By Hannity’s count, Cruz had appeared on his television show 34 times since Cruz announced his candidacy. Ohio Gov. John Kasich, still in the race, and Kentucky Sen. Rand Paul, who is not, had been on the show 20 times, with Florida Sen. Marco Rubio, another dropout, making 19 appearances.

On his radio show, through last week, Cruz had logged more interview time than any other candidate — more than 188 minutes on the air. Trump’s 112 minutes were third behind Rubio.

“I’m just going to remain neutral and give you access to the candidates, because no one else is doing it,” Hannity said. “At the end of the day, if it’s Cruz or Trump who is the nominee, I’m going to support them because it would be a disaster if Hillary Clinton becomes president.”

When Cruz this past week seemingly made a reference to Hannity’s critics in a radio interview, the host flashed annoyance.

After Cruz called a Hannity question about the fight for delegates part of a silly media obsession, Hannity pressed the point.

“The only people asking this are the hard-core Donald Trump supporters,” Cruz said.

“You’ve got to stop,” Hannity replied. “Every time I have you on the air and I ask you a legitimate question, you throw this in my face, and I’m getting sick of it. I’ve had you on the air more than any other candidate.”

The unabashed conservative makes no secret of his views, and he appeals to a like-minded audience.

In last week’s Trump interview, when Hannity asked about the candidate’s private meeting at Trump Tower with Kelly on April 13, the pro-Trump crowd booed at the mention of her name. Kelly has come under constant criticism from Trump since she asked him a question he didn’t like last summer.

Neither man spoke about the audience’s reaction. Trump smiled. Hannity, who was largely off camera, appeared to make a “stop” motion with his arms.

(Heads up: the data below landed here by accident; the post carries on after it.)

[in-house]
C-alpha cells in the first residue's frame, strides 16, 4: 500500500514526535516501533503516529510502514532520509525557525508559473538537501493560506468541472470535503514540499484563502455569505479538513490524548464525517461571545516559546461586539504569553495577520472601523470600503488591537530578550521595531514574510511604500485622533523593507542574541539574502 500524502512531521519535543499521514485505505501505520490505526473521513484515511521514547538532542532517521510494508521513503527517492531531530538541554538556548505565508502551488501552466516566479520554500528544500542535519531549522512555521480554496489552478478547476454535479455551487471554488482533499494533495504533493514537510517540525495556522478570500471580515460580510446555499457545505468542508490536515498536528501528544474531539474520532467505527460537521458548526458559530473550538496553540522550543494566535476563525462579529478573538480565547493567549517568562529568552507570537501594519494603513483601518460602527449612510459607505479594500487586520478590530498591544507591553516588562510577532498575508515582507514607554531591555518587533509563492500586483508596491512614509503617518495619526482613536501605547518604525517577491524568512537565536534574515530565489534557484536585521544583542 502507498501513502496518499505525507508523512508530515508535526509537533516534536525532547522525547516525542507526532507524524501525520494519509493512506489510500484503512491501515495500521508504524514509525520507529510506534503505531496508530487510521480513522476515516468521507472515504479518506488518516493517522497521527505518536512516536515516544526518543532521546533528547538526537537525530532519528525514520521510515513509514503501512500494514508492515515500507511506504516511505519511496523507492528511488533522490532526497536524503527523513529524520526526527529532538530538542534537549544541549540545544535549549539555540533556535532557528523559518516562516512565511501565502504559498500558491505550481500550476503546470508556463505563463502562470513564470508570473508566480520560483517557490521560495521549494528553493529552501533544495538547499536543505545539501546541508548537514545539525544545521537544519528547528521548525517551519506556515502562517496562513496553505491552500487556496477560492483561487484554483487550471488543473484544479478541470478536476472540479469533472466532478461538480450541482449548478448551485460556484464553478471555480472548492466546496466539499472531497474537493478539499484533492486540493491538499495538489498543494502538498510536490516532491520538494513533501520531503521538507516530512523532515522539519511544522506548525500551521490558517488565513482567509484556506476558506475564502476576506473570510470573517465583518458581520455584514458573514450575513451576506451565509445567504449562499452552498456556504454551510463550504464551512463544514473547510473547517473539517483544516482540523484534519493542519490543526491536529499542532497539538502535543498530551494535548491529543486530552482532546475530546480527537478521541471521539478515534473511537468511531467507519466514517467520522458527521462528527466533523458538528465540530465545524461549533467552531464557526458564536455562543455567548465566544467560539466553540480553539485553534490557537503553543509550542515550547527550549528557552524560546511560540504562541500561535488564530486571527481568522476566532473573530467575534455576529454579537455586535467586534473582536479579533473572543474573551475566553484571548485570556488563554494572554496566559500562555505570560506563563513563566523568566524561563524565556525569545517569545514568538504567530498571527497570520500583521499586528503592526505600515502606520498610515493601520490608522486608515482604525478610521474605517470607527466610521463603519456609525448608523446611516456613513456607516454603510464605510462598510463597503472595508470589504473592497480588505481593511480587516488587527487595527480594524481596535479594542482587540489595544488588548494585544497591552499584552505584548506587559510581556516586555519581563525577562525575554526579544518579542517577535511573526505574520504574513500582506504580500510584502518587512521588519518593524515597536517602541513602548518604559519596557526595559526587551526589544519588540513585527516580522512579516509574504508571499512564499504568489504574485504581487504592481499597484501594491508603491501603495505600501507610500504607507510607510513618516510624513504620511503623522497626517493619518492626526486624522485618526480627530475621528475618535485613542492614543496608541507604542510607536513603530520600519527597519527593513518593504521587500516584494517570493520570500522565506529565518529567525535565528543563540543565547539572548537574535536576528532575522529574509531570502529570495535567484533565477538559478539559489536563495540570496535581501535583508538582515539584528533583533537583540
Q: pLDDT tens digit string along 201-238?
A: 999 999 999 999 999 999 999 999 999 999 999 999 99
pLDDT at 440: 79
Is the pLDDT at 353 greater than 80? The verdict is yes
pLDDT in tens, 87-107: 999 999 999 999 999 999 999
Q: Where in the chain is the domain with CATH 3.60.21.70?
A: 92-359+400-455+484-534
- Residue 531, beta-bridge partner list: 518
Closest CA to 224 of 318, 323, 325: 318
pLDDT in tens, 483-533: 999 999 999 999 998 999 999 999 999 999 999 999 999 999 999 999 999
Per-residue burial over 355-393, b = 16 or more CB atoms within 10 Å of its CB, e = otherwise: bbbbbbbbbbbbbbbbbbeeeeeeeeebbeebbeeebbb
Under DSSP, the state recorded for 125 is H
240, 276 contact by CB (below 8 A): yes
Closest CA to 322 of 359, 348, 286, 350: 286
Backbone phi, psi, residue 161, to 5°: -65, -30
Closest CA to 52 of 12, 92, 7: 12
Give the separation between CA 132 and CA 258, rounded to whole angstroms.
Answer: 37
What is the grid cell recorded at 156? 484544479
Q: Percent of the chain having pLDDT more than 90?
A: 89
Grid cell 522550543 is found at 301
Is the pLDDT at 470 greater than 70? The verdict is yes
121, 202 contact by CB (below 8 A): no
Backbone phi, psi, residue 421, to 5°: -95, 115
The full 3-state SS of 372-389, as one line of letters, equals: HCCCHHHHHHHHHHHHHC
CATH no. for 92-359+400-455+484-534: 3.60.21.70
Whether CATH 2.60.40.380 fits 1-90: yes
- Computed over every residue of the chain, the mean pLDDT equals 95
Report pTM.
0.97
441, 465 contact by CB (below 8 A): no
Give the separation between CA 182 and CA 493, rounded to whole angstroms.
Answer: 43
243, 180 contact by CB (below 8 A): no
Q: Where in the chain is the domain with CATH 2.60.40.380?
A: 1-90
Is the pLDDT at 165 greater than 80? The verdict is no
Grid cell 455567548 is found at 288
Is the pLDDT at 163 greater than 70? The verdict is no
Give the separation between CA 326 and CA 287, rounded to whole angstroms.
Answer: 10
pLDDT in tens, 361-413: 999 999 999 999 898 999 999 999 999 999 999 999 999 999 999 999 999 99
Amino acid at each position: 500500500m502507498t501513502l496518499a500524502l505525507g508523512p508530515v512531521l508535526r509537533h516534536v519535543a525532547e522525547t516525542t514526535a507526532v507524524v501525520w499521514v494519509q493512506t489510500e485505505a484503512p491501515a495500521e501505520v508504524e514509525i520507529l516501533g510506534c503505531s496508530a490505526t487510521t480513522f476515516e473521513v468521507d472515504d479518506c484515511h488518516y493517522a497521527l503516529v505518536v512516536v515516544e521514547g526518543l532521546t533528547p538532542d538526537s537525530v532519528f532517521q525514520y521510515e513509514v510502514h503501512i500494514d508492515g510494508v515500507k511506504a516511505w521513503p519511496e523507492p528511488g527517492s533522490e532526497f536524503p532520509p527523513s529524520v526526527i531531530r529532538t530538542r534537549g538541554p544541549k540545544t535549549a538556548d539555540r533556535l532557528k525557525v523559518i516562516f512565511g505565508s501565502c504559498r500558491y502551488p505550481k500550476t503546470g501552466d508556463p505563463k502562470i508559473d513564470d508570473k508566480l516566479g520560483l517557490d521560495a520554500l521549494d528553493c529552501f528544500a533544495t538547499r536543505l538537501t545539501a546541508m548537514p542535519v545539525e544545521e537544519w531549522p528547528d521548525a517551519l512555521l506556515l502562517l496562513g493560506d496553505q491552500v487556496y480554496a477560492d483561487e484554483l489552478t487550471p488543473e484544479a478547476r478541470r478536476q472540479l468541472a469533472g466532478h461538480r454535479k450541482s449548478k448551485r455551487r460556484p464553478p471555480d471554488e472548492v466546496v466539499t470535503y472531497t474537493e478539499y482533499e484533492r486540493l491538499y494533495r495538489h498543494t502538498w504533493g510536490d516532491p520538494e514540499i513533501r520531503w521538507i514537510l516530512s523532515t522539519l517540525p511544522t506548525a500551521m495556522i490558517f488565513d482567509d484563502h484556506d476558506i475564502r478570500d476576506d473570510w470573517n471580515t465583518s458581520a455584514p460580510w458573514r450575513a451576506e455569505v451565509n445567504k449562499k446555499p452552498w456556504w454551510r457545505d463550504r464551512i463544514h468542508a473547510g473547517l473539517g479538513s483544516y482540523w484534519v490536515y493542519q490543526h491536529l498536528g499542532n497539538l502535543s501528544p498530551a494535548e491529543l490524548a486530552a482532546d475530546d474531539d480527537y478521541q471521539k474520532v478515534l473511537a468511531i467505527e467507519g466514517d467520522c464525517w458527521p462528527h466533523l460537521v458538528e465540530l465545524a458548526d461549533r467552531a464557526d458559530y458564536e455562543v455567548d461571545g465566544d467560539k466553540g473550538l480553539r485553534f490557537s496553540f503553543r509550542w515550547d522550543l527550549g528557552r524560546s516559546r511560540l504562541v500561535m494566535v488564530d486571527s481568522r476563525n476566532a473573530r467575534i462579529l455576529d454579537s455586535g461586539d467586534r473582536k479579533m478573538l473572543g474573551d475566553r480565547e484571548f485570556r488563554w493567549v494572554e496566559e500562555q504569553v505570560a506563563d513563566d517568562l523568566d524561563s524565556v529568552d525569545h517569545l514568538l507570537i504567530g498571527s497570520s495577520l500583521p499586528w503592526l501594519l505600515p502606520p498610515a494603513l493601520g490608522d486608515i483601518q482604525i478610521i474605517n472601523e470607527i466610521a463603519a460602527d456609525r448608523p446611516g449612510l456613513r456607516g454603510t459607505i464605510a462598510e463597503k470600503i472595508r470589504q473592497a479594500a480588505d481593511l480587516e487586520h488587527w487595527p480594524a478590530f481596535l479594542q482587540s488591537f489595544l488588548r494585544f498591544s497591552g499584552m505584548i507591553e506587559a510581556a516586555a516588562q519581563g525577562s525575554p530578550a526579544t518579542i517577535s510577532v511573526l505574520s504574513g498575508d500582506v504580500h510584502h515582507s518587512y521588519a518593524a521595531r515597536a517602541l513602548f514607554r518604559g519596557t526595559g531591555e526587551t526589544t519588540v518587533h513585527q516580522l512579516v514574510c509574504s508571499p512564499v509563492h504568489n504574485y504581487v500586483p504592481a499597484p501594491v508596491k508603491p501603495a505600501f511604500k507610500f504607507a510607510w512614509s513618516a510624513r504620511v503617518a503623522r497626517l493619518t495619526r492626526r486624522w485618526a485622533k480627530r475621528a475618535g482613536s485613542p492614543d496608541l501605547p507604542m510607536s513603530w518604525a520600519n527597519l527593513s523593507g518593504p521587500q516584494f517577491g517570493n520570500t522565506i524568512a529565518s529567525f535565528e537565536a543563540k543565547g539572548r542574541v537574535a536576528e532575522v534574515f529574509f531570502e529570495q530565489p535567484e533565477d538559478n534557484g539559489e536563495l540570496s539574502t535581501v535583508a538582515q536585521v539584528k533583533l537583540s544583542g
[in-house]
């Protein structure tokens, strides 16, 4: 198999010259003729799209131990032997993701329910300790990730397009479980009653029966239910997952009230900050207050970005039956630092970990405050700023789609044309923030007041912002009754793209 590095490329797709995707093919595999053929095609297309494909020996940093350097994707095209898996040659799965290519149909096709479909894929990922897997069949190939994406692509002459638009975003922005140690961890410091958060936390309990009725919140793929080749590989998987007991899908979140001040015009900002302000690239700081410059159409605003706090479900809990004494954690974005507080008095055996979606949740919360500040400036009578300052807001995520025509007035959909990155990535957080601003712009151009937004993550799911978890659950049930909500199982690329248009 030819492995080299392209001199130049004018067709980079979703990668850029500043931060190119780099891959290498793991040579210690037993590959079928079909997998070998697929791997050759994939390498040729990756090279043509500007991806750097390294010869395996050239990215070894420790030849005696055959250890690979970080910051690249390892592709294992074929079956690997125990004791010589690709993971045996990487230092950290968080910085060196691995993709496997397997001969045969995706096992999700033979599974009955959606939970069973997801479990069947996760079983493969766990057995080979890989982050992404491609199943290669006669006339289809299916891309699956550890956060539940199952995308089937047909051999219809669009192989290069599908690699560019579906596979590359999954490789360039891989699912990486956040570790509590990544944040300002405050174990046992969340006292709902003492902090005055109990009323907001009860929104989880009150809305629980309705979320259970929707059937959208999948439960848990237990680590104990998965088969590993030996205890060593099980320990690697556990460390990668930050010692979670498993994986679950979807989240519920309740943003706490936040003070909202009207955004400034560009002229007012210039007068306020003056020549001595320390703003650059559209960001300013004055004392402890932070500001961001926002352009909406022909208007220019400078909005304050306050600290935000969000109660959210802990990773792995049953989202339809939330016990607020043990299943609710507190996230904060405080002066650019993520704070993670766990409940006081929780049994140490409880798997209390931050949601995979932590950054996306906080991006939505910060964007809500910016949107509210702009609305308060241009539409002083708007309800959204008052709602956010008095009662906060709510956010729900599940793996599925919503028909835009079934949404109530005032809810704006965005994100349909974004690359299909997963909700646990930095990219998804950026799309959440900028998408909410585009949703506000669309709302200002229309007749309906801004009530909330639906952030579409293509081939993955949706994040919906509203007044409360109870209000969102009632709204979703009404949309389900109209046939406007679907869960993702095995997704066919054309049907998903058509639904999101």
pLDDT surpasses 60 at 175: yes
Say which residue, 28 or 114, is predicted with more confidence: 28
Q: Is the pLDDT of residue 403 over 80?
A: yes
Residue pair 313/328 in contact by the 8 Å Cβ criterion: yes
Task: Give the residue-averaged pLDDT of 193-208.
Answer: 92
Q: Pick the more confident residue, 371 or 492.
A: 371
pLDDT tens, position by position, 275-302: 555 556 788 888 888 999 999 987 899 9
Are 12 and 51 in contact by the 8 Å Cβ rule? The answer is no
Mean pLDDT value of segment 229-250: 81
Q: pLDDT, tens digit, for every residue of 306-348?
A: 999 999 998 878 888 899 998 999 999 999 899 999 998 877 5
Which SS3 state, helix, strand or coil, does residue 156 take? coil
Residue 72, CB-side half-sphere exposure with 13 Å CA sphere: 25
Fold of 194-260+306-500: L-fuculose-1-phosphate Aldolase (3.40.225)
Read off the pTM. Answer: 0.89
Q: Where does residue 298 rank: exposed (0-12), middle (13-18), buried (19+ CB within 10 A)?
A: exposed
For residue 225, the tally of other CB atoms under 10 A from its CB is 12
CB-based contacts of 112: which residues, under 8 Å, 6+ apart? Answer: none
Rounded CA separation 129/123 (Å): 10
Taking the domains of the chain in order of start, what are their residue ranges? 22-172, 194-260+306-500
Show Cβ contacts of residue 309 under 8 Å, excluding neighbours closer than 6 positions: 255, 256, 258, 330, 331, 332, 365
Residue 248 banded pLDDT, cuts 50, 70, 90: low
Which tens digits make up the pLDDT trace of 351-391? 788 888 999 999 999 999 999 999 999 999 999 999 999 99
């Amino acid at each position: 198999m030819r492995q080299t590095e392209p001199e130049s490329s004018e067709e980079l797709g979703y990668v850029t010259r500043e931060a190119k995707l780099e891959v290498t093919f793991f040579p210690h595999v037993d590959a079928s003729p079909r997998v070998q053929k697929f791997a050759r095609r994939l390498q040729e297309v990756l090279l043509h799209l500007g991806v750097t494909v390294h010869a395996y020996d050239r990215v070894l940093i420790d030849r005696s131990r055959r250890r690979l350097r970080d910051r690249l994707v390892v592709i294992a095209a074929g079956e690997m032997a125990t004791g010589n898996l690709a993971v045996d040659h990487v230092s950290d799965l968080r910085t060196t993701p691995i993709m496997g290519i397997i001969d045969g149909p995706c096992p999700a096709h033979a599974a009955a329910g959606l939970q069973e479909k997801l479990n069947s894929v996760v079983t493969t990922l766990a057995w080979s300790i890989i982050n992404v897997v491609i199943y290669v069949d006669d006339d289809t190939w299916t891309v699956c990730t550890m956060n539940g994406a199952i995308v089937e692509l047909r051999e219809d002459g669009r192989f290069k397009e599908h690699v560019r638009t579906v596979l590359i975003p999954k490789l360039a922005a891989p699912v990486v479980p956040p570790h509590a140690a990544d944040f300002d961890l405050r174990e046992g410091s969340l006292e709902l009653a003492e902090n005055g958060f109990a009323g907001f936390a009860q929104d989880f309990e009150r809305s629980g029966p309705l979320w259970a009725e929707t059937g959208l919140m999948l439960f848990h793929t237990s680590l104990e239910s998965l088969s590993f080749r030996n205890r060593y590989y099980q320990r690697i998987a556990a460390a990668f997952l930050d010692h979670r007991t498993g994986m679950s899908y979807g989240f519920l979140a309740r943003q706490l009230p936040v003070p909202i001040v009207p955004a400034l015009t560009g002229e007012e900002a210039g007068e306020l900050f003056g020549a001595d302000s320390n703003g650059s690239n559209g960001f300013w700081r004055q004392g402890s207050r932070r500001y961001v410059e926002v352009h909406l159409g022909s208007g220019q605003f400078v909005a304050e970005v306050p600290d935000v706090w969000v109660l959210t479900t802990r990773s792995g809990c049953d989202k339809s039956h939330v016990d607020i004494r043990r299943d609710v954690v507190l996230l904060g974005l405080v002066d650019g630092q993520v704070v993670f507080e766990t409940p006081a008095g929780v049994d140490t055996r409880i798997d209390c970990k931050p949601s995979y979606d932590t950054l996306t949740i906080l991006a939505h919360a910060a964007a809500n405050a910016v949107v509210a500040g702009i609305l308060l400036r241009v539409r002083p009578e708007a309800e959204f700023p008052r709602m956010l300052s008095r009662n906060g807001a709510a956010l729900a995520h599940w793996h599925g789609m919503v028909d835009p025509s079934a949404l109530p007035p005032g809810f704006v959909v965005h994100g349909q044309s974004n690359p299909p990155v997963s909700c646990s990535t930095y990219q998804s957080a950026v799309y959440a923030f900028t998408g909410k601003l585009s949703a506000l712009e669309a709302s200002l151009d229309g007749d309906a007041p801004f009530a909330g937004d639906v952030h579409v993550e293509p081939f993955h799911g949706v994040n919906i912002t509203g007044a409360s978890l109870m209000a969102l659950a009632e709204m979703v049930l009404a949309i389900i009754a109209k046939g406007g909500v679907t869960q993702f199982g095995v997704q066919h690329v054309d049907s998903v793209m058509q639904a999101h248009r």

It was an audible manifestation of a delicate problem for Fox.

Kelly, Fox’s brightest new star, has come under relentless criticism from Trump, and many Hannity fans are siding with the GOP front-runner instead of the network long loved by Republican viewers.

Given that Trump seems to feel comfortable on Hannity’s show, the veteran talk show host is an important asset for Fox in a combustible campaign.

Republished with permission of the Associated Press.

New Hispanic public affairs show debuts in Florida

A new Spanish-language public affairs show directed at Hispanics in Florida debuts Sunday.

WLTV-23, the Univision affiliate in Miami, announced Friday that “Al Punto Florida” will be hosted by Univision 23 anchor Ambrosio Hernandez and Mariana Atencio, of Miami-based cable network FUSION. The one-hour show will be broadcast, beginning at 11 a.m., on five Univision affiliates: Fort Myers, Jacksonville, Orlando, Tampa and Miami.

Hernandez says the show will analyze issues through interviews and journalistic reports on newsworthy topics in Florida and in Latin America. He added in a statement that politics will play a key role in the program, noting Sen. Marco Rubio will be its first guest.

The show is modeled after Univision’s “Al Punto,” a national public affairs show hosted by Univision anchor Jorge Ramos.

Republishing with permission of the Associated Press.

Florida lawmakers support presidential candidates, but forgot to vote in primary

Florida legislators may have publicly backed a presidential candidate, but new research finds that several lawmakers failed to vote in the state’s primary election.

Noah Pransky of WTSP reports that a number of lawmakers — just like in 2012 – simply did not take part in Florida’s March 15 presidential preference primary, including four from Miami-Dade County: Republican Rep. Erik Fresen, Democratic Reps. Daphne Campbell, Cynthia Stafford, and State Sen. Gwen Margolis.

Fresen had endorsed Marco Rubio, who lost Florida and ended his campaign soon afterward. Stafford and Margolis endorsed Hillary Clinton, the winner of the Democratic primary.

Although failing to vote in the primary were Republican Reps. Ben Albritton and Halsey Beshears as well as Democrat Michelle Rehwinkel Vasilinda, Pransky writes.

State lawmaker’s 96 percent voting rate was much higher than four years earlier, with a 90 percent recorded voting rate – the 2012 primary had only Republican participation.

As for the state’s top leaders, each one voted in the PPP: Gov. Rick Scott, Lt. Gov. Carlos Lopez-Cantera, Attorney General Pam Bondi, Commissioner of Agriculture Adam Putnam, and Chief Financial Officer Jeff Atwater.

In response, Pransky notes that Rehwinkel Vasilinda explained in a tweet she didn’t vote as a protest over “closed primaries.”